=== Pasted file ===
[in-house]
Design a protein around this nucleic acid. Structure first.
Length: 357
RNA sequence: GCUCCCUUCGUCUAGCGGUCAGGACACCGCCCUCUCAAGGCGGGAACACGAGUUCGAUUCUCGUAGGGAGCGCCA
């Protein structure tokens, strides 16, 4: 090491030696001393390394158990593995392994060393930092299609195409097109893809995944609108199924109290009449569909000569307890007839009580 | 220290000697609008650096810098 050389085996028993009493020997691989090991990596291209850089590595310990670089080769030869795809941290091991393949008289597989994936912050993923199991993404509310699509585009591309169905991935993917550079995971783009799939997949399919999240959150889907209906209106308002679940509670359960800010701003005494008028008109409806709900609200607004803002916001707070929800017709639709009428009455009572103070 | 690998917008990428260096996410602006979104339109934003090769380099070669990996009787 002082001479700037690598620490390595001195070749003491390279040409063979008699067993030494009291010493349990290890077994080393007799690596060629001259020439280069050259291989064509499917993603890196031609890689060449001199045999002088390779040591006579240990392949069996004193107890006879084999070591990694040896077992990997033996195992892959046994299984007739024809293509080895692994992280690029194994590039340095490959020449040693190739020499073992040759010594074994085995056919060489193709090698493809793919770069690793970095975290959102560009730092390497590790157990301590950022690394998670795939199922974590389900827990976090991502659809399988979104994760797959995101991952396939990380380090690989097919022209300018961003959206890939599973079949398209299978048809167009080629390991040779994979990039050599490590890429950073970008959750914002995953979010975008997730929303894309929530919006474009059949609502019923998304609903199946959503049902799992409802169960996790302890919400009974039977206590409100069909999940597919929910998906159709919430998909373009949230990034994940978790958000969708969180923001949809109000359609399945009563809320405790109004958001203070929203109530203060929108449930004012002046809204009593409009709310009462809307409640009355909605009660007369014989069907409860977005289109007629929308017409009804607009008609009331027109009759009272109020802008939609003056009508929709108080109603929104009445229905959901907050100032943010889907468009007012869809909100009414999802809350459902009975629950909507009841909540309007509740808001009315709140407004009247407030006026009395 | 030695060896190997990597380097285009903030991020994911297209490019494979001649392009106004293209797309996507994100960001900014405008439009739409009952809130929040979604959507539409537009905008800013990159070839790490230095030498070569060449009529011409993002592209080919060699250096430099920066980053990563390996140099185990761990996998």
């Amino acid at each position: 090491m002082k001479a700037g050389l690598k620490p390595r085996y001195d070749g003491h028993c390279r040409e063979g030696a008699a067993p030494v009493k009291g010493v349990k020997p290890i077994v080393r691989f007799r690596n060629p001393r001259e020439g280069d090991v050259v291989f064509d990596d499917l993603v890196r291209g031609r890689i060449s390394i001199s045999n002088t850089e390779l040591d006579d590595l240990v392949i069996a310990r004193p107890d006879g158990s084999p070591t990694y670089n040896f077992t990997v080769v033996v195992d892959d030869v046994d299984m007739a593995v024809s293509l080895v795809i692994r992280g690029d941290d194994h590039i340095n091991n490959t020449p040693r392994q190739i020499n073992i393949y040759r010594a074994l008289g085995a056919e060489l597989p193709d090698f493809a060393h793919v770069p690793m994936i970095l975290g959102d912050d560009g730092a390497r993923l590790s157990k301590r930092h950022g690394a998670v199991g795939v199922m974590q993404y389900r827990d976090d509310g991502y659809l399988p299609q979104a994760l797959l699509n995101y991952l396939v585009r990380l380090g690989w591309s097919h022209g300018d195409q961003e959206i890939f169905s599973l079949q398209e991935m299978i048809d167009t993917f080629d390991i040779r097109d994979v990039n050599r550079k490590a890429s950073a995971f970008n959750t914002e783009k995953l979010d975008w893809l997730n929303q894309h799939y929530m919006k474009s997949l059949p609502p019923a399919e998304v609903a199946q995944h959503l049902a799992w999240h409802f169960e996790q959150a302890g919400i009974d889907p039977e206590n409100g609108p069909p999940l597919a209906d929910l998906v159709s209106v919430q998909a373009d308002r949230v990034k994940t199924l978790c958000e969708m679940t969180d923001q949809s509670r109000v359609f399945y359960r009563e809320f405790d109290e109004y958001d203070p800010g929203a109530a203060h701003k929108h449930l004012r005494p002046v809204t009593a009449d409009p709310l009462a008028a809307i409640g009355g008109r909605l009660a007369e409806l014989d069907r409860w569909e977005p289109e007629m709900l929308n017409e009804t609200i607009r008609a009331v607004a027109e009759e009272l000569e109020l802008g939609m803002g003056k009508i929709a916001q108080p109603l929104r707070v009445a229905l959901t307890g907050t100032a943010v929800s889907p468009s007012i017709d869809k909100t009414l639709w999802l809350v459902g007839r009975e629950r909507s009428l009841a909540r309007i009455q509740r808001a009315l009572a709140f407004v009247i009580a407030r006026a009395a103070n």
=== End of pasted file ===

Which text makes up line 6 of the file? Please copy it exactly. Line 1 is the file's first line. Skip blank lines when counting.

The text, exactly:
């Amino acid at each position: 090491m002082k001479a700037g050389l690598k620490p390595r085996y001195d070749g003491h028993c390279r040409e063979g030696a008699a067993p030494v009493k009291g010493v349990k020997p290890i077994v080393r691989f007799r690596n060629p001393r001259e020439g280069d090991v050259v291989f064509d990596d499917l993603v890196r291209g031609r890689i060449s390394i001199s045999n002088t850089e390779l040591d006579d590595l240990v392949i069996a310990r004193p107890d006879g158990s084999p070591t990694y670089n040896f077992t990997v080769v033996v195992d892959d030869v046994d299984m007739a593995v024809s293509l080895v795809i692994r992280g690029d941290d194994h590039i340095n091991n490959t020449p040693r392994q190739i020499n073992i393949y040759r010594a074994l008289g085995a056919e060489l597989p193709d090698f493809a060393h793919v770069p690793m994936i970095l975290g959102d912050d560009g730092a390497r993923l590790s157990k301590r930092h950022g690394a998670v199991g795939v199922m974590q993404y389900r827990d976090d509310g991502y659809l399988p299609q979104a994760l797959l699509n995101y991952l396939v585009r990380l380090g690989w591309s097919h022209g300018d195409q961003e959206i890939f169905s599973l079949q398209e991935m299978i048809d167009t993917f080629d390991i040779r097109d994979v990039n050599r550079k490590a890429s950073a995971f970008n959750t914002e783009k995953l979010d975008w893809l997730n929303q894309h799939y929530m919006k474009s997949l059949p609502p019923a399919e998304v609903a199946q995944h959503l049902a799992w999240h409802f169960e996790q959150a302890g919400i009974d889907p039977e206590n409100g609108p069909p999940l597919a209906d929910l998906v159709s209106v919430q998909a373009d308002r949230v990034k994940t199924l978790c958000e969708m679940t969180d923001q949809s509670r109000v359609f399945y359960r009563e809320f405790d109290e109004y958001d203070p800010g929203a109530a203060h701003k929108h449930l004012r005494p002046v809204t009593a009449d409009p709310l009462a008028a809307i409640g009355g008109r909605l009660a007369e409806l014989d069907r409860w569909e977005p289109e007629m709900l929308n017409e009804t609200i607009r008609a009331v607004a027109e009759e009272l000569e109020l802008g939609m803002g003056k009508i929709a916001q108080p109603l929104r707070v009445a229905l959901t307890g907050t100032a943010v929800s889907p468009s007012i017709d869809k909100t009414l639709w999802l809350v459902g007839r009975e629950r909507s009428l009841a909540r309007i009455q509740r808001a009315l009572a709140f407004v009247i009580a407030r006026a009395a103070n």